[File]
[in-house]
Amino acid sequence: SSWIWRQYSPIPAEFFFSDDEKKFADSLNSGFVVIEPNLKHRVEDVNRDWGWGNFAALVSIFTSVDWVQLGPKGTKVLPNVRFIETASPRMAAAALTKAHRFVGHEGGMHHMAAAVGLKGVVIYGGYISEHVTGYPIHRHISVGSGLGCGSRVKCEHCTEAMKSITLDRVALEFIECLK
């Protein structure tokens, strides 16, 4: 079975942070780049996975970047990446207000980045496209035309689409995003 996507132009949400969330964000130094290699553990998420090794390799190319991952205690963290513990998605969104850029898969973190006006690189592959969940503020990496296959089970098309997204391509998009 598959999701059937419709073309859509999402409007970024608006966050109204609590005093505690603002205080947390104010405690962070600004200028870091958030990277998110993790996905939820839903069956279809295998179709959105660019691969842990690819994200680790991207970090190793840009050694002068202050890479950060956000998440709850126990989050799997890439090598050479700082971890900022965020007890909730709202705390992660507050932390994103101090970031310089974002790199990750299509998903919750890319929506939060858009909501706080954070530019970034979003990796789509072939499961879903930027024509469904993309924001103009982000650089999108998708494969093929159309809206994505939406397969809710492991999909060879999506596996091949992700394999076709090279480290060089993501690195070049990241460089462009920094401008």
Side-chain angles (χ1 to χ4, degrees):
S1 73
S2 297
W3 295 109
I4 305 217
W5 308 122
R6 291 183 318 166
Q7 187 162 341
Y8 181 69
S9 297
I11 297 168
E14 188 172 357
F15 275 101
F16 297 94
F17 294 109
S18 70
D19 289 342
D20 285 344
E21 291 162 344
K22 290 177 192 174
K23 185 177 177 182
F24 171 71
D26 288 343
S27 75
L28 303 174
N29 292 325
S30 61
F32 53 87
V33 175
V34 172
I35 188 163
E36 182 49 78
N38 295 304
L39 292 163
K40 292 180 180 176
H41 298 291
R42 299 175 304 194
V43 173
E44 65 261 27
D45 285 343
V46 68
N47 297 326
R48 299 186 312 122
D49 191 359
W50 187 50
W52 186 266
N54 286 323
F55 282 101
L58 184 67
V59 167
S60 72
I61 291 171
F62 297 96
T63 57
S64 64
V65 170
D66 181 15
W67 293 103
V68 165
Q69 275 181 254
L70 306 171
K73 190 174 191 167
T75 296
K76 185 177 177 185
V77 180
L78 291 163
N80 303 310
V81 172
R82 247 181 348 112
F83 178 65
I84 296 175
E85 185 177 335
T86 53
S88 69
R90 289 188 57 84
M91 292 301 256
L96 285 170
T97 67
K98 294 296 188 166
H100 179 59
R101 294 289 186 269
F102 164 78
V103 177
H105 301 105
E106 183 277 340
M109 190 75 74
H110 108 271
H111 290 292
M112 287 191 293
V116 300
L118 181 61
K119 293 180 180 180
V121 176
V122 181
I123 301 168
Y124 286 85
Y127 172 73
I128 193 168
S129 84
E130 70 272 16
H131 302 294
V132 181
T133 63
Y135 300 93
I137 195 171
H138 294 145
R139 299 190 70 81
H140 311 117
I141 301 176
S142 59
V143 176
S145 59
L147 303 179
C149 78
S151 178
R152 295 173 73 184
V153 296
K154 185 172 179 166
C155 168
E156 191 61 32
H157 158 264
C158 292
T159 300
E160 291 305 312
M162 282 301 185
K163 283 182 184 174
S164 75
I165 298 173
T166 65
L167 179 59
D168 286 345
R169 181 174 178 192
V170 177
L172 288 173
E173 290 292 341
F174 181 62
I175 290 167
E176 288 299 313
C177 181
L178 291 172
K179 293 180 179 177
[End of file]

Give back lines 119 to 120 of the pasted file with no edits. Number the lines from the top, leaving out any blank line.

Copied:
R152 295 173 73 184
V153 296